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Illustration: Rebecca Zisser / Axios

The story of the decade is unfolding like a novel: A U.S. enemy sought to manipulate our new, unregulated social media ecosystem to help disrupt our elections and elect a Twitter-obsessed, former reality TV star president — in one of the great upsets in U.S. history.

Robert Mueller, who is helping write this novel as part of his sprawling investigation into Russian interference in the election, is pulling many of the biggest names in modern America into the script: Trump, Putin, Google, Twitter, Facebook.

For the first time, Facebook COO Sheryl Sandberg will publicly explain her company's role in this saga:

  • Join me live TODAY on Facebook or Axios.com at 9 a.m. ET for my interview with Facebook COO Sheryl Sandberg — the first public interview of a senior Facebook executive since revelations about Russian-backed groups buying election ads on the platform
  • "Like" our Facebook page to get the notification.

Sandberg's trip to Capitol Hill yesterday made some news ... Leaders of the House Intelligence Committee told reporters yesterday after a closed-door meeting with Sandberg that they plan to release the 3,000 Russia-backed ads Facebook has turned over — probably after Nov. 1public testimony by Facebook, Twitter and Google officials.

Axios' David McCabe: "Rep. Adam Schiff, the top Democrat on the House Intelligence Committee, said ... Facebook is 'committed to providing' information related to the free content published by the same Russian pages that bought" the ads.

  • Lawmakers said that before the ads are released, they'll be scrubbed of personally identifiable information. The Hill has asked Facebook for help with that.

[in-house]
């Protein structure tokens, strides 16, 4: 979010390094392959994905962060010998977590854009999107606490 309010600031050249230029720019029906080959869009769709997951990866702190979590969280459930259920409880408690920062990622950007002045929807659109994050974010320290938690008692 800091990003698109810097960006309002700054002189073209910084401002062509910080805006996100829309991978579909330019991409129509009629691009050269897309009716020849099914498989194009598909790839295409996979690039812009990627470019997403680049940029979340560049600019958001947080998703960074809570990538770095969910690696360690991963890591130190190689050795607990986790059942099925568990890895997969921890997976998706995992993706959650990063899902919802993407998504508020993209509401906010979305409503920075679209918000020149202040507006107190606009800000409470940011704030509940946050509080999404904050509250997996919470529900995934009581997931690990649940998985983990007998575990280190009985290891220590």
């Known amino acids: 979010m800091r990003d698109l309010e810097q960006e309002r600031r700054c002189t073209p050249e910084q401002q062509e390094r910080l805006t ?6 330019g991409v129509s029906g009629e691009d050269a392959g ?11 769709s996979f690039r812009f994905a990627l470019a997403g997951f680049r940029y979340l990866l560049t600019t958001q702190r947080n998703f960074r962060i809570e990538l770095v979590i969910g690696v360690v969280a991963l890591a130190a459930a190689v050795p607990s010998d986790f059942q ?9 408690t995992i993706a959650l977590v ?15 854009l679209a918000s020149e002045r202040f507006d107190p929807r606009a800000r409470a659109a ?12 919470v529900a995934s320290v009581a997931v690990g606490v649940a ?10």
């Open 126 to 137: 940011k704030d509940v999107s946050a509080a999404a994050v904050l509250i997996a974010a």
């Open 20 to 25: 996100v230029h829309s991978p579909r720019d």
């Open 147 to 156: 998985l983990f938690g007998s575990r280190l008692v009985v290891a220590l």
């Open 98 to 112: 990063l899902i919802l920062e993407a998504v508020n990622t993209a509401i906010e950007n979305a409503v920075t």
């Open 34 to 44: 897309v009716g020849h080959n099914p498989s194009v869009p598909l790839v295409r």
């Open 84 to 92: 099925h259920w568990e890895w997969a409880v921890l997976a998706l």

• Schiff said Sandberg "indicated the company wants the help of the intelligence community to identify" foreign actors creating fake identities on Facebook. (AP)

Be smart: Although Sandberg's visit to the Hill shows the company is trying to be more open, lawmakers tell me they're far from satisfied — and that there's a ton more for Facebook, Google and Twitter to know and reveal.

Go deeper: "The questions Congress wants to ask Facebook," by Axios' David McCabe and Sara Fischer: "The pressure is greater than any other moment in the company's recent history."

  • Rep. Adam Schiff: "I think there's a lot of interest in the committee on the progress of Facebook's internal investigation, when they discovered what they discovered, how exhaustive their review has been, what more forensics need to be done."
  • See more questions.
  • N.Y. Times: "We Asked Facebook 12 Questions About the Election, and Got 5 Answers."
Subscribe to Axios AM/PM for a daily rundown of what's new and why it matters, directly from Mike Allen.
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Go deeper

UN poll: Most see climate change as global emergency amid pandemic

Swedish climate activist Greta Thunberg (C) fronts a Fridays For Future protest at the Swedish Parliament in Stockholm in September. Photo: Jonathan Nacksrtrand/AFP via Getty Images

64% of people from around the world say climate change is a global emergency, a United Nations poll published Wednesday finds.

Why it matters: It's biggest global survey on climate change ever conducted, with some 1.2 million participants from 50 countries — including the U.S. where 65% of those surveyed view climate change as an emergency.

Collins helps contractor before pro-Susan PAC gets donation

Sen. Susan Collins during her reelection campaign. Photo: Scott Eisen/Getty Images

A PAC backing Sen. Susan Collins in her high-stakes reelection campaign received $150,000 from an entity linked to the wife of a defense contractor whose firm Collins helped land a federal contract, new public records show.

Why it matters: The executive, Martin Kao of Honolulu, leaned heavily on his political connections to boost his business, federal prosecutors say in an ongoing criminal case against him. The donation linked to Kao was veiled until last week.

How cutting GOP corporate cash could backfire

Illustration: Aïda Amer/Axios

Companies pulling back on political donations, particularly to members of Congress who voted against certifying President Biden's election win, could inadvertently push Republicans to embrace their party's rightward fringe.

Why it matters: Scores of corporate PACs have paused, scaled back or entirely abandoned their political giving programs. While designed to distance those companies from events that coincided with this month's deadly siege on the U.S. Capitol, research suggests the moves could actually empower the far-right.

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